Spirit Condition Upgraded as Twin Rover Nears Mars

George wrote:


George,
Perhaps you misread my post. I did not talk about us living forever. I said some people act as if the human race might go on forever. Of course, no one nor any species will continue forever but to maximize our survival as a species, we need to move off this Earth at some point. If all of early man had decided to live around Winslow, Arizona 50,000 years ago, there probably would not be humans today (after the meteor impact). If you consider doing anything to enhance the long term survival of humans as tinkering with nature, so be it, but I would prefer not to take such a defeatist attitude. Maybe we shouldn't invest in disease control, food production or anything of the sort that might help more people live. I also did not say that a reason for going into space was because we otherwise might kill ourselves here on Earth (although there might be some merit to that argument). I said, if we don't kill ourselves first, there are plenty of natural disasters that will likely eliminate the human race eventually, especially if we continue to keep ‘all our eggs in one basket’.
It is true, ironically, that we owe our existence today to the eradication of the dinosaurs by a global catastrophe that allows our early ancestors to flourish and evolve but due to our intelligence, we are the first species on this planet that could do something to avoid a similar fate.
Certainly going into space to find other life or to determine if it exists is a worthwhile goal in its own right.
Jerry
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-- Jerry Petrey -- Senior Principal Systems Engineer - Navigation (GPS/INS), Guidance, & Control
-- Raytheon Missile Systems - Member Team Ada & Team Forth -- NOTE: please remove <NOSPAM> in email address to reply ---------------------------------------------------------------------------------
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Not trying to stir up a political debate, but did not GWB just propose only 1 billion additional funding for NASA over the next 5 years (200 million dollars a year)and Congress just pass $87 billion to rehab Iraq? That's 435 times the money for war and its effects than science.
A number for American scientists to think about as they decide whom to vote for this year.
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compared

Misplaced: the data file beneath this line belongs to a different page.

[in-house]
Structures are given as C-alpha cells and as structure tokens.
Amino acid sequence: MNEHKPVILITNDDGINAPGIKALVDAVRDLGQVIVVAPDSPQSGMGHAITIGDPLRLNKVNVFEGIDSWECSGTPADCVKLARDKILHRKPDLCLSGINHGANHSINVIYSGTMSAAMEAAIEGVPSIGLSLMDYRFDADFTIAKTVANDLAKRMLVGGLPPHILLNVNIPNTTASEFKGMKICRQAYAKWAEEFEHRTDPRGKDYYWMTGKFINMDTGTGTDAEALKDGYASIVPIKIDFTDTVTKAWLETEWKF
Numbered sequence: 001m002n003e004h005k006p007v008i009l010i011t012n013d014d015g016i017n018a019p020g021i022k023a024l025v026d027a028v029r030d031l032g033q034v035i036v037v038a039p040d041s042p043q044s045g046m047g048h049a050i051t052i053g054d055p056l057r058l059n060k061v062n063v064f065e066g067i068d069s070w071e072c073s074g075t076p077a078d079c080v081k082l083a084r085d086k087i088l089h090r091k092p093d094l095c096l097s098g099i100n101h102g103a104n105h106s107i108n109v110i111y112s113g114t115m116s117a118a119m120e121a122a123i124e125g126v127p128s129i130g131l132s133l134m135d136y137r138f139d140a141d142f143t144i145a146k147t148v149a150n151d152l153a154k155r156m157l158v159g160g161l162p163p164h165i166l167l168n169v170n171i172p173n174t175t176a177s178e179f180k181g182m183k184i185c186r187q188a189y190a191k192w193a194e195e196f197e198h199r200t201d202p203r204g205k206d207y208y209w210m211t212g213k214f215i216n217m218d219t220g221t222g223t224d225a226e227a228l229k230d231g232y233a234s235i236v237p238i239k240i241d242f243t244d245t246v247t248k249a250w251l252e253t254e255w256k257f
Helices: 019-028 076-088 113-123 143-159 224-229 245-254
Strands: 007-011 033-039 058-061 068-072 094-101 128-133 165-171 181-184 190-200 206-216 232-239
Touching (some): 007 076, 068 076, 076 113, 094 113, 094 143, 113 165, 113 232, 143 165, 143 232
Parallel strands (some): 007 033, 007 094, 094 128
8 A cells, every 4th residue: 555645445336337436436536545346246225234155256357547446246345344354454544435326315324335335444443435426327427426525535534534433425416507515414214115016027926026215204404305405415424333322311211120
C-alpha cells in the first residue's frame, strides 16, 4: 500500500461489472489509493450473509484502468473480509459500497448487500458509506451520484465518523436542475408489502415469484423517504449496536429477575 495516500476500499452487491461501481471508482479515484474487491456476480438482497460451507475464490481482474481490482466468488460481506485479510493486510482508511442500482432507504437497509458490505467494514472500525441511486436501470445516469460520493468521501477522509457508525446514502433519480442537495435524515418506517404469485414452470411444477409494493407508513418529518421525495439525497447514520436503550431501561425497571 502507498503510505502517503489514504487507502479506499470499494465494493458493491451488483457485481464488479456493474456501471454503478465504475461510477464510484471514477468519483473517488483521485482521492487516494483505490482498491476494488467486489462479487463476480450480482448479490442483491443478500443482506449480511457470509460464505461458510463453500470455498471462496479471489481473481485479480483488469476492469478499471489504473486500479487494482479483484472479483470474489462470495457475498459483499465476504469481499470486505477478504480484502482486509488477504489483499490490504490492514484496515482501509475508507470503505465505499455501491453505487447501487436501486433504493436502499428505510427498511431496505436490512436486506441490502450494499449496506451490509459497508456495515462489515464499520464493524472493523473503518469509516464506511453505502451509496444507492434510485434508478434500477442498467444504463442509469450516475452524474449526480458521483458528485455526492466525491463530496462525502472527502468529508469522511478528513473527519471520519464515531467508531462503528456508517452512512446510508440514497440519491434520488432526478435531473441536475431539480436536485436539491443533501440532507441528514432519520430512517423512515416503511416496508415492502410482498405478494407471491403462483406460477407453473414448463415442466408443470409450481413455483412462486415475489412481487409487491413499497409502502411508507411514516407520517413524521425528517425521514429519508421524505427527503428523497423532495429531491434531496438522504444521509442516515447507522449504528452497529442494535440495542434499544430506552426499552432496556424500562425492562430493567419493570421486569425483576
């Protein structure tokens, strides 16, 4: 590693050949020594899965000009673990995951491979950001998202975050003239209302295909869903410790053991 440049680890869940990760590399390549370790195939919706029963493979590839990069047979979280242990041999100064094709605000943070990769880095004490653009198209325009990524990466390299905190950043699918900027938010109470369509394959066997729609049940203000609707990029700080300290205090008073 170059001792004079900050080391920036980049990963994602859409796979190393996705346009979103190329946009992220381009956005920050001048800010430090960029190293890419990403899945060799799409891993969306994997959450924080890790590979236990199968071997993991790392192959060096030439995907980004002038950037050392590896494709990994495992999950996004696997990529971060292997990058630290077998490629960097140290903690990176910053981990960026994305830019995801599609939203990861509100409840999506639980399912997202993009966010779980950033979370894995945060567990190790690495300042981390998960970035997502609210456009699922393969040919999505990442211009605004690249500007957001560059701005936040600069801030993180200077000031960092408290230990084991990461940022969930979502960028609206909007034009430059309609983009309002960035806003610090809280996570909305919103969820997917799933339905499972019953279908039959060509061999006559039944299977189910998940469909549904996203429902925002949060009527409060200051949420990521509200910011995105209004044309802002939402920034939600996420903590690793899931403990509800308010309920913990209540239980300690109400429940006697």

every
It doesn't take rocket science to figure that one out. LOL
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The US taxpayer foots the bill, but with the latest population estimate at around 293 million, the cost of each rover (including all the engineers, hardware, launch vehicles, JPL controllers, etc) comes in at about $1.50 per head each, or considerably less than the price of a Big Mac or a Sunday newspaper.
What you are missing is not just the pure science the whole world is getting from the Rovers, but the sheer inspirational factors in the classroom. This is one invaluable byproduct you can't put a price tag on. I suggest you visit your local school next time a visiting planetary scientist comes to give a classroom talk or assembly. Watch the faces and body language of the children.
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Mike Dworetsky

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Ah, George, George, ...George, ... ' Who ?'
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Always the skeptic, eh Don?
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$400 million buys about 1,600 man years of effort. The recent PBS special shows a lot of these people behind the scenes. It takes a lot of engineers, even to get the parachute right.
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On 26 Jan 2004 07:27:33 -0800, snipped-for-privacy@hotmail.com (rick++) wrote:

What recent PBS special?
Thanks in advance.
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I don't know the air-date, but maybe it was this one?
http://www.pbs.org/wgbh/nova/mars /
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- Alan Kilian <alank(at)timelogic.com>
Director of Bioinformatics, TimeLogic Corporation 763-449-7622
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Tuesday after the first landing. Included two minutes of pics from the landing.
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